Israeli tech professional Tom Orbach has had a pretty fruitful week. What started with the launch of a jokey application making fun of overwrought social media posts about career development ended on Thursday with him selling the instantly viral product for a tidy profit.
Or as his Viral Post Generator would probably put it: “I frikkin made an exit!!! #makemakemake.”
Orbach’s generator, an online form that uses artificial intelligence and some prompts to automatically create the kinds of posts one might find on LinkedIn, has managed to capture the site’s tendency for awkward, ham-handed and tone-deaf messages from users, as well as the attention of at least 1.5 million visitors who have made the gag a hit.
Founded 19 years ago and acquired by Microsoft in 2016, LinkedIn has always been on the stranger side among the big social media platforms. It is built around professional networking, work culture, career development, and the work lives of some 800 million members worldwide. People use the platform to make professional connections, look for and find jobs, and make major career announcements.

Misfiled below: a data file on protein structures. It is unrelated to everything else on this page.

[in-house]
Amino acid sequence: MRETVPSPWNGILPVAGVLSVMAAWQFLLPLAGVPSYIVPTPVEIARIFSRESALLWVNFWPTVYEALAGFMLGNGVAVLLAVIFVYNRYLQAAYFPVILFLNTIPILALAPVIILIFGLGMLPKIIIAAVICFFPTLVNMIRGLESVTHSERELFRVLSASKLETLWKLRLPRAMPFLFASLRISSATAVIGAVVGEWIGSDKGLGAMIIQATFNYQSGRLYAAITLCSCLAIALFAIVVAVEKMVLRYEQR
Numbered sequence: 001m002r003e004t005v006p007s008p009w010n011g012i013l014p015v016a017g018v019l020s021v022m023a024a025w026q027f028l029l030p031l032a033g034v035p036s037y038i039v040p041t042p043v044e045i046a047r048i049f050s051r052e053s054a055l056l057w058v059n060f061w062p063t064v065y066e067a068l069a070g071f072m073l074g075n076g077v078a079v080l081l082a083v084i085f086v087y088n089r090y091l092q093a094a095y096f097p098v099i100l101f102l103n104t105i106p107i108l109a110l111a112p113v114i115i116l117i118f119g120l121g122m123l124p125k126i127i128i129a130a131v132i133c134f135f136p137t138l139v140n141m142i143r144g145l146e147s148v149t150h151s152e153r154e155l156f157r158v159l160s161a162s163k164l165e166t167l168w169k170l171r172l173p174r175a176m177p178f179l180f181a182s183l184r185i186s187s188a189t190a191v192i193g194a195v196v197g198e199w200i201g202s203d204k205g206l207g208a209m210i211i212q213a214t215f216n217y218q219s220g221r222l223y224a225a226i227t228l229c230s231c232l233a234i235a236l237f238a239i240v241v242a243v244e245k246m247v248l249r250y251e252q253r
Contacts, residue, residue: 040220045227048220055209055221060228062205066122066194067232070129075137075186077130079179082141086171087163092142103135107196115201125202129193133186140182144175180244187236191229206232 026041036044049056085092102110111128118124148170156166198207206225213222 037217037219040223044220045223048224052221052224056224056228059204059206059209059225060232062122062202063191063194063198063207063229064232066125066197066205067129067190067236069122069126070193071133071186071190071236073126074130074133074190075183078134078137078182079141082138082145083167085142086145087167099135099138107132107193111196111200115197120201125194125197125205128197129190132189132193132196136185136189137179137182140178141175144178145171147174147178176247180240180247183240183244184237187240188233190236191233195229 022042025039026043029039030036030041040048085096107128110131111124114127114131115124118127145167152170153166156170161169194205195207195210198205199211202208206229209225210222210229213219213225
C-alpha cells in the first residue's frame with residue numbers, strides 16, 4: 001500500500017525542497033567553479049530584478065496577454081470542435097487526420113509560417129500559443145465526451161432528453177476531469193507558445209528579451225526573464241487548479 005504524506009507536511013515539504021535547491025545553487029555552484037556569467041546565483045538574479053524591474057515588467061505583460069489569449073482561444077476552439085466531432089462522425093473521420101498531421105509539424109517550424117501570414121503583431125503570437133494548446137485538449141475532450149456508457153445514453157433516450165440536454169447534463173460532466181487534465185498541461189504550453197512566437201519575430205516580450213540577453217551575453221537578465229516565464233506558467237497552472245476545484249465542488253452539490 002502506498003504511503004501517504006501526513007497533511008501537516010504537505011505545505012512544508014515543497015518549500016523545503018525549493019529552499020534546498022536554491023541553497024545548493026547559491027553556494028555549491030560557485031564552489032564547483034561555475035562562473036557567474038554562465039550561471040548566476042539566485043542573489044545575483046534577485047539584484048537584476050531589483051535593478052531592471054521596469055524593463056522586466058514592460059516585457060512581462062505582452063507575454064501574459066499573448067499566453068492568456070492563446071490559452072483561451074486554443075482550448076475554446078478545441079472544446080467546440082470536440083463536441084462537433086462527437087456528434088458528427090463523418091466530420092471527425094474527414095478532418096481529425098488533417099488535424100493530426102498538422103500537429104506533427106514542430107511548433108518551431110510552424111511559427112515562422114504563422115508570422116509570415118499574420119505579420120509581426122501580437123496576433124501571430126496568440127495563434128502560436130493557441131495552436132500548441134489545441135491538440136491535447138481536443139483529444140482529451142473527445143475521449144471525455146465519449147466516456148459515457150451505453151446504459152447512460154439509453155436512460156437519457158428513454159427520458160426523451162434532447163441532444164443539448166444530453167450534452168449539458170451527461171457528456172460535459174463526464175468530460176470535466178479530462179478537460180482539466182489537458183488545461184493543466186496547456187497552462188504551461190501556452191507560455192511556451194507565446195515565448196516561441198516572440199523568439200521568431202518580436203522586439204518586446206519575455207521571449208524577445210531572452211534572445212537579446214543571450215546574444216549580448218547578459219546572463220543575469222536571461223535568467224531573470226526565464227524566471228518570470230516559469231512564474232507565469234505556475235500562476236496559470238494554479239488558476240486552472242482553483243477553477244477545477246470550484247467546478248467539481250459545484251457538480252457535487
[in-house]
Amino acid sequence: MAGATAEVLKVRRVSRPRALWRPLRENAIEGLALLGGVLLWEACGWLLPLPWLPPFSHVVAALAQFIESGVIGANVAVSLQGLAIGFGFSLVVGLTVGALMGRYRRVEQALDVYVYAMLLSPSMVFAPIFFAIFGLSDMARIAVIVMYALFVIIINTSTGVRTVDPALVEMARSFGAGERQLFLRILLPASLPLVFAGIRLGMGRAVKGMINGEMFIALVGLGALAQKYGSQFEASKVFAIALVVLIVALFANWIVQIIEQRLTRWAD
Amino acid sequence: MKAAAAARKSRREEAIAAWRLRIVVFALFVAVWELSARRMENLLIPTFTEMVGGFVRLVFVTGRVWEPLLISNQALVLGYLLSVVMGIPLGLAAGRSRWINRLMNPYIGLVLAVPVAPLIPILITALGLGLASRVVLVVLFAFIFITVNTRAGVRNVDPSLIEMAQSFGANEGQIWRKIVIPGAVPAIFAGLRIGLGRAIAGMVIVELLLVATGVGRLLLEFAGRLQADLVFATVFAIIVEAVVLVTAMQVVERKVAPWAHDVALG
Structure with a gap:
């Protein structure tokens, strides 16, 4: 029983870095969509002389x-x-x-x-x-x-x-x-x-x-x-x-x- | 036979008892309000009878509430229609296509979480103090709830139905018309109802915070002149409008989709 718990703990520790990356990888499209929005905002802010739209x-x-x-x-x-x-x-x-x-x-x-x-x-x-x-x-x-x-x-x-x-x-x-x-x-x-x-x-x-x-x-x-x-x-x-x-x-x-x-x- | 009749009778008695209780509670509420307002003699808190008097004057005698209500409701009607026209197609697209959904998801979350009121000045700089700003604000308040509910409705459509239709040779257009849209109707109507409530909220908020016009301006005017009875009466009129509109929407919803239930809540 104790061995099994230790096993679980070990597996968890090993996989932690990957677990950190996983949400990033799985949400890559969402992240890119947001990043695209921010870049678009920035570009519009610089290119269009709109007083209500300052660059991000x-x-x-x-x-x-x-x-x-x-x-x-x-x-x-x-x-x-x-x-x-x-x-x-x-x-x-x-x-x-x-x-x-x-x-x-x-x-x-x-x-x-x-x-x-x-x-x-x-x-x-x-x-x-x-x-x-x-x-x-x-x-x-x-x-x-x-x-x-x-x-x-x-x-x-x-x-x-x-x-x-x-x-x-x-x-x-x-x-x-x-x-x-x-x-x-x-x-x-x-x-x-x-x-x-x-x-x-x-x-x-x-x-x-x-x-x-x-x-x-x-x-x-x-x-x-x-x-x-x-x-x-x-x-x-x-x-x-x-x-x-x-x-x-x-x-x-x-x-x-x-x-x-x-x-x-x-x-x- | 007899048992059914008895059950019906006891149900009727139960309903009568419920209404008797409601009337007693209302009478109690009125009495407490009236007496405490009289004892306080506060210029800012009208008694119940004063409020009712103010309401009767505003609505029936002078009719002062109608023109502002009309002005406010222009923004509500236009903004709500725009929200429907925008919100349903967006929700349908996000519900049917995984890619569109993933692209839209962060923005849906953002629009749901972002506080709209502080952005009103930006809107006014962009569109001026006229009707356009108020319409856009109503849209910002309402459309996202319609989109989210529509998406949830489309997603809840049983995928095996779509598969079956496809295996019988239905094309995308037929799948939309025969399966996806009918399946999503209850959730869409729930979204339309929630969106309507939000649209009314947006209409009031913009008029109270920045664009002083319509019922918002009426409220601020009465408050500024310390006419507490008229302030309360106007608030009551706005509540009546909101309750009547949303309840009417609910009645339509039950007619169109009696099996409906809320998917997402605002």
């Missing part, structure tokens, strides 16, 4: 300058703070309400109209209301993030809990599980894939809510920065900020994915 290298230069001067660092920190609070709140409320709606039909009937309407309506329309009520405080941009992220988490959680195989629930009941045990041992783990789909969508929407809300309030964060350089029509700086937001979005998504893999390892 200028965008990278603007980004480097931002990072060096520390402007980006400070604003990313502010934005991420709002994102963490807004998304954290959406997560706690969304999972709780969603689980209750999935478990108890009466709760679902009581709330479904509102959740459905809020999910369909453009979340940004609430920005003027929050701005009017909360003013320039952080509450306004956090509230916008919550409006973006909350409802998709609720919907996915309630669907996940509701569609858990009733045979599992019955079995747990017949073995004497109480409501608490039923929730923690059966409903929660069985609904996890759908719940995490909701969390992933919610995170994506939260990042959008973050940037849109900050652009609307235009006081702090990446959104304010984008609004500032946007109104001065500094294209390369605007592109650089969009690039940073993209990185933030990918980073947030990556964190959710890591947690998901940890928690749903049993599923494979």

Increasingly so in the past few years, observers have noted the virality of posts that are especially inspirational/cringe-inducing. Some of the more aggrandizing, pontificating, humble-bragging, and nonsensical LinkedIn posts are the stuff of whole Reddit and Twitter threads.
A parody post two years ago appeared to capture the tone.
“Posts on LinkedIn can be so self-centered and narcissistic sometimes,” Orbach told The Times of Israel in a phone call on Thursday. “I knew people would like [the post generator] because posts are so cringing.”
Orbach said a stand-out post in recent memory that inspired the Viral Post Generator was the one known as “crying CEO.” Earlier this month, the head executive of a US marketing company published an image of his tearful face alongside a post about how he blamed himself for a company decision that led to layoffs and how affected he was by having to let go of employees. He was promptly mocked and accused of being insensitive, out of touch, and tacky.
Due to VERY popular demand. Improve your social profile after sacking all your staff by crying on the internet #linkedin pic.twitter.com/VYXMNgNoXq